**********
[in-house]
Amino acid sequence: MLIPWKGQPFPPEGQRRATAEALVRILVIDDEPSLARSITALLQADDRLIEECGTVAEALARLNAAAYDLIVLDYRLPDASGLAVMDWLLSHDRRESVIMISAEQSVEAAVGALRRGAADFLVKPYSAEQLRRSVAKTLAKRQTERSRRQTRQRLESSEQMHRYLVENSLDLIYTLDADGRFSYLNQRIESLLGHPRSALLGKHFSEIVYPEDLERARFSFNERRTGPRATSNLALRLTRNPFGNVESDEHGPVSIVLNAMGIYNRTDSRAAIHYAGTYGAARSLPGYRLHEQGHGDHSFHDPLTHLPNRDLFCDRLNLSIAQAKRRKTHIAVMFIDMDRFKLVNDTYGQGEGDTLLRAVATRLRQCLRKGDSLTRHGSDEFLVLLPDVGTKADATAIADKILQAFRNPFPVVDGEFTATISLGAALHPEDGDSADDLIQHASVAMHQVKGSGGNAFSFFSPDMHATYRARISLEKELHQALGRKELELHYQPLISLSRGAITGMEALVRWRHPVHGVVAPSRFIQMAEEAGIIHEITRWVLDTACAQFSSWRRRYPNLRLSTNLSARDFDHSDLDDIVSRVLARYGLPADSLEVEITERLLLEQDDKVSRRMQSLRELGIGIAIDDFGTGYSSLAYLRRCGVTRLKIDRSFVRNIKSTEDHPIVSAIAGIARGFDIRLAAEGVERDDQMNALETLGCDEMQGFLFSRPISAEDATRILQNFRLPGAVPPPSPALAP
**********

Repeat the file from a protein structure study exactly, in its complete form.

[in-house]
Amino acid sequence: MLIPWKGQPFPPEGQRRATAEALVRILVIDDEPSLARSITALLQADDRLIEECGTVAEALARLNAAAYDLIVLDYRLPDASGLAVMDWLLSHDRRESVIMISAEQSVEAAVGALRRGAADFLVKPYSAEQLRRSVAKTLAKRQTERSRRQTRQRLESSEQMHRYLVENSLDLIYTLDADGRFSYLNQRIESLLGHPRSALLGKHFSEIVYPEDLERARFSFNERRTGPRATSNLALRLTRNPFGNVESDEHGPVSIVLNAMGIYNRTDSRAAIHYAGTYGAARSLPGYRLHEQGHGDHSFHDPLTHLPNRDLFCDRLNLSIAQAKRRKTHIAVMFIDMDRFKLVNDTYGQGEGDTLLRAVATRLRQCLRKGDSLTRHGSDEFLVLLPDVGTKADATAIADKILQAFRNPFPVVDGEFTATISLGAALHPEDGDSADDLIQHASVAMHQVKGSGGNAFSFFSPDMHATYRARISLEKELHQALGRKELELHYQPLISLSRGAITGMEALVRWRHPVHGVVAPSRFIQMAEEAGIIHEITRWVLDTACAQFSSWRRRYPNLRLSTNLSARDFDHSDLDDIVSRVLARYGLPADSLEVEITERLLLEQDDKVSRRMQSLRELGIGIAIDDFGTGYSSLAYLRRCGVTRLKIDRSFVRNIKSTEDHPIVSAIAGIARGFDIRLAAEGVERDDQMNALETLGCDEMQGFLFSRPISAEDATRILQNFRLPGAVPPPSPALAP